The Vatican diplomat is well regarded in Rome. He earned respect within the Vatican principally as undersecretary for relations with states between 2002 and 2009. Although the post is regarded as the Holy See’s “deputy foreign minister,” it has considerable influence.
During that time, he became known for cementing ties between the Holy See and Vietnam that laid the foundations for advances in religious freedom in the communist state. He improved relations with China, helping to re-establish direct contact with Beijing in 2005, and tried to keep relations on track in the lead-up to the 2008 Olympics. He visited China twice, and his time as undersecretary was said to mark a real turning point in Church relations with Beijing.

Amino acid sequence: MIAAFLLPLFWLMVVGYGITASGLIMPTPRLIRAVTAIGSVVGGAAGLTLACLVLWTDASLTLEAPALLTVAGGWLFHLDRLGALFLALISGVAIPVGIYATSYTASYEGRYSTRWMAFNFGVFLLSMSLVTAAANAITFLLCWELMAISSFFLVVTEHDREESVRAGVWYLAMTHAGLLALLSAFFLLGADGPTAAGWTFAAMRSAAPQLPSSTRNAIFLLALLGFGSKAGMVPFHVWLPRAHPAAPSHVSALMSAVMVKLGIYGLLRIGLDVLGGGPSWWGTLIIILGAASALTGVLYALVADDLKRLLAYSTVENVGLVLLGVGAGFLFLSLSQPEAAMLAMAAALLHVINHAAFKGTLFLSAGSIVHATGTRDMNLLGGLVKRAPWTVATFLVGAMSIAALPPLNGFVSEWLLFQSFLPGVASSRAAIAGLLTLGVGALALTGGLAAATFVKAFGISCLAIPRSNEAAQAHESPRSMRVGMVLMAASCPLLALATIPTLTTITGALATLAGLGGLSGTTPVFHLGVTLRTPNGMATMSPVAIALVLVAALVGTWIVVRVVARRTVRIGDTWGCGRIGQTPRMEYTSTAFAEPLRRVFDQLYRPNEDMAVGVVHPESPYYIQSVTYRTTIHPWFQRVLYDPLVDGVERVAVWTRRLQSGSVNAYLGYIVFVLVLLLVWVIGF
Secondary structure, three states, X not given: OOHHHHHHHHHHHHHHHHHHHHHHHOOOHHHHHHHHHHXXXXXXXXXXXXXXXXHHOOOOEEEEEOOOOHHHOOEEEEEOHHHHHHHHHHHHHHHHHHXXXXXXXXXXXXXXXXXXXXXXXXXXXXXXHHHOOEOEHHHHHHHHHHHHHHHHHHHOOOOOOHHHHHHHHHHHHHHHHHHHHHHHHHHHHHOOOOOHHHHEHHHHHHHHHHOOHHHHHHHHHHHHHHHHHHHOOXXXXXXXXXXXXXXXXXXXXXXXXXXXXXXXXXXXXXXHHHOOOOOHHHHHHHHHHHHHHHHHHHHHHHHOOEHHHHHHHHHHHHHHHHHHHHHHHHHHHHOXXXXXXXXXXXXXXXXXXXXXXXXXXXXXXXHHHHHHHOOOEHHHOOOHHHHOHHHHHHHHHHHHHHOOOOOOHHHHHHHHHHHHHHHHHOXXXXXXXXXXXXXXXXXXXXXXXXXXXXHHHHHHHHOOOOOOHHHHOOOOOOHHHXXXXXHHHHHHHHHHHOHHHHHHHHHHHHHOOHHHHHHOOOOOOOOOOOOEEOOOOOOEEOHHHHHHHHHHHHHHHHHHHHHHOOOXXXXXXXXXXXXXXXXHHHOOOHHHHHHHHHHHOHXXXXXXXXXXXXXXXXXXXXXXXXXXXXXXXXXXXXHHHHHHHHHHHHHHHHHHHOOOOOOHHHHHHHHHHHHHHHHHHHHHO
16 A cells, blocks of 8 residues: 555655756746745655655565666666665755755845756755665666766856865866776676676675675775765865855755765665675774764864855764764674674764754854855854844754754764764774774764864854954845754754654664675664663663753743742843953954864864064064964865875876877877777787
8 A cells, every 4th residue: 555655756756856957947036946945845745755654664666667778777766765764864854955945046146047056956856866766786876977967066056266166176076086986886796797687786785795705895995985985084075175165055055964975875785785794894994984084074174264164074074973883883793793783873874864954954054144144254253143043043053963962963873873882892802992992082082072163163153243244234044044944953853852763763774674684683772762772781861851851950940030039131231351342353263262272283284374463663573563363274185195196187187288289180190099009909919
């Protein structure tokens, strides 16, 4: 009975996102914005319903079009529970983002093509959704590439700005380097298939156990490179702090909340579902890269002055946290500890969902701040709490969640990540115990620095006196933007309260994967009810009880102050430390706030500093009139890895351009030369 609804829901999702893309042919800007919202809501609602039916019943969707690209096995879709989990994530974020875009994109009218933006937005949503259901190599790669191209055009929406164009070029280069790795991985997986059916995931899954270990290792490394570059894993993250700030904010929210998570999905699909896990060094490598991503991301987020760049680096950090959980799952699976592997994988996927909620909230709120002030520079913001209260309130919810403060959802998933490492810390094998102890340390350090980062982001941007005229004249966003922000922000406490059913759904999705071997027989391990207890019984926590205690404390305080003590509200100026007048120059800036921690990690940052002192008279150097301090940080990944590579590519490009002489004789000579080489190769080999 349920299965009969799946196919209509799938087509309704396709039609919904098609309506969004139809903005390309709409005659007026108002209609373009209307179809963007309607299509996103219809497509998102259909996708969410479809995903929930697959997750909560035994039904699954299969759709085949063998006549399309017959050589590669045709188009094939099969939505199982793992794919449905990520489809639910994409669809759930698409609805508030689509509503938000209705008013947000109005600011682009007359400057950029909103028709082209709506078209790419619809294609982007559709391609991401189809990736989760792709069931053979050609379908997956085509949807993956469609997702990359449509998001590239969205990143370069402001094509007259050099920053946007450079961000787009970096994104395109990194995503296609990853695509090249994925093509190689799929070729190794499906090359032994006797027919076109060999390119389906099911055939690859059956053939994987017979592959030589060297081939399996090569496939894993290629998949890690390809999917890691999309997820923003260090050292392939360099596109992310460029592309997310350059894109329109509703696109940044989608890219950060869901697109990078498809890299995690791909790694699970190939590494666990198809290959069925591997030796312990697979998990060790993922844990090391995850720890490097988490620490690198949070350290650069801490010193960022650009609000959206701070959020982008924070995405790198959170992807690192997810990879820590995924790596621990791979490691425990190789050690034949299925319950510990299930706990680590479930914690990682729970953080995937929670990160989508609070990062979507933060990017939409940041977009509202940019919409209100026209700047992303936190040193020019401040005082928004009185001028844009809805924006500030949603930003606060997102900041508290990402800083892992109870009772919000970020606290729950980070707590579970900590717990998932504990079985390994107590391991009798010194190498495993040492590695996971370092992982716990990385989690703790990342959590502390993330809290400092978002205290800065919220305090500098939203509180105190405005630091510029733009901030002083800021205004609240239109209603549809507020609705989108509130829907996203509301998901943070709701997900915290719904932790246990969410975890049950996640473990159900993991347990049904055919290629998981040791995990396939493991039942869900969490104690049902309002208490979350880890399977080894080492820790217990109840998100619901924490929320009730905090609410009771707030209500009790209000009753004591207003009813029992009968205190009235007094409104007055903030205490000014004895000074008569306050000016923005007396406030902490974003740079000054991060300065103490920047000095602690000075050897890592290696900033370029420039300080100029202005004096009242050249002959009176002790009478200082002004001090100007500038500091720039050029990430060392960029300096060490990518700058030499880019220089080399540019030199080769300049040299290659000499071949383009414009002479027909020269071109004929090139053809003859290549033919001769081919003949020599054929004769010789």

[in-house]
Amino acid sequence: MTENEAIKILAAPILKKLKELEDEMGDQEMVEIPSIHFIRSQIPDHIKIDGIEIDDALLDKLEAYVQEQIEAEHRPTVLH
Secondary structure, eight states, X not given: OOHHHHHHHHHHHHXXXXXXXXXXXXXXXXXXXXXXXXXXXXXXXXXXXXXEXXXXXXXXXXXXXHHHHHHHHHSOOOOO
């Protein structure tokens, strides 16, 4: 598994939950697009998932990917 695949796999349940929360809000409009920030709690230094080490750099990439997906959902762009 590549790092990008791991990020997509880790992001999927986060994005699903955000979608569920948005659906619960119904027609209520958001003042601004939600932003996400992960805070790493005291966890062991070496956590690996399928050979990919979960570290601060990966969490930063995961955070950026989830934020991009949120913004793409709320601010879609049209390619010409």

Further, he has earned a reputation for being well connected yet humble, with an unassuming, modest personality. He was responsible for advancing negotiations with Israel to fulfill the 1993 Fundamental Agreement between the Holy See and the State of Israel, on tax and property rights for the Church, even though the agreement is still yet to be signed. He was personally at the forefront of Vatican efforts to approve and implement the Nuclear Non-Proliferation Treaty.
As undersecretary, he was also involved in handling sensitive relations with Iran. Diplomatic sources say he was largely responsible, while working closely with the British Embassy to the Holy See, for the liberation of 15 British navy personnel captured by Iranian forces in the Arabian Gulf in April 2007. He is also credited with playing a key role in Vatican efforts to revive dialogue between the Israelis and the Palestinians.